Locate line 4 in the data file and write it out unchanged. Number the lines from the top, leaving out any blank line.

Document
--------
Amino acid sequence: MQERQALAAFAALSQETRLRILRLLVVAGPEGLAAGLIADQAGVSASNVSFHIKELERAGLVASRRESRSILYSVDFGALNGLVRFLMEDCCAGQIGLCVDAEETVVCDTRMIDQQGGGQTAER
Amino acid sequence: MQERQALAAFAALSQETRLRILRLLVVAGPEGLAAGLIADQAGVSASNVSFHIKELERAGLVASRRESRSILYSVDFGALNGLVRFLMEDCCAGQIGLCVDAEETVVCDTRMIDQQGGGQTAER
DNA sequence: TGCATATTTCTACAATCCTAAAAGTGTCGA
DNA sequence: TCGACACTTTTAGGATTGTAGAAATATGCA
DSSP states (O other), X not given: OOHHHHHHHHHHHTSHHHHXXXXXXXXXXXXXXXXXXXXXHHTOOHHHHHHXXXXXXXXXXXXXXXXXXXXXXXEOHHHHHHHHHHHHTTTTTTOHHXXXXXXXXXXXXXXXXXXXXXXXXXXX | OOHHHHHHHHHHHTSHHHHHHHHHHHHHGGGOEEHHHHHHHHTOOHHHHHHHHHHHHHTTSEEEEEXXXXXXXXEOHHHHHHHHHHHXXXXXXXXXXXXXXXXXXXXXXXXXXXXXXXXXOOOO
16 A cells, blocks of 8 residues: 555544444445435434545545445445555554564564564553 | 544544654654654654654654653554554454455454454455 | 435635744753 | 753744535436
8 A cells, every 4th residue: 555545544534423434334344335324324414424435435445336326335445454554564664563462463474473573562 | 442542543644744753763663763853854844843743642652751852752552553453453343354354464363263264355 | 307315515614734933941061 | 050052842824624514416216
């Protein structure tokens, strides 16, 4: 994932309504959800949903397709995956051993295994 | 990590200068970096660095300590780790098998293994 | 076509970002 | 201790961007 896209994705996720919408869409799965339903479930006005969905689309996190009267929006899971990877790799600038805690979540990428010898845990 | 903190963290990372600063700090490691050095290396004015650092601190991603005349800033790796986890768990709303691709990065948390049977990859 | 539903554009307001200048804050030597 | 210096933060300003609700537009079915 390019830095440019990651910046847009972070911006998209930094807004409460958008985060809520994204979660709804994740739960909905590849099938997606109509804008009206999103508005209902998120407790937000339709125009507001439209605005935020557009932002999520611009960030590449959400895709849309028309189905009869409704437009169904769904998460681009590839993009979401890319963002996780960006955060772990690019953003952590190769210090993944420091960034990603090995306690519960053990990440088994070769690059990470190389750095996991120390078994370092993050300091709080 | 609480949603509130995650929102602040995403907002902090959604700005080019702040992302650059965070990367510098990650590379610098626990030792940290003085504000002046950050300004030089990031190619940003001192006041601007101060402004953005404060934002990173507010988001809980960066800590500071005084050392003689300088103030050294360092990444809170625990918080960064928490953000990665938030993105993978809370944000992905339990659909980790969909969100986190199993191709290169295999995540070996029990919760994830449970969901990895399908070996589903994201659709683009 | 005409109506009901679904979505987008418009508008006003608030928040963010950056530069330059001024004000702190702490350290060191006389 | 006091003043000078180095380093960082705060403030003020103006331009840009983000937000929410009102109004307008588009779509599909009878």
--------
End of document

DNA sequence: TCGACACTTTTAGGATTGTAGAAATATGCA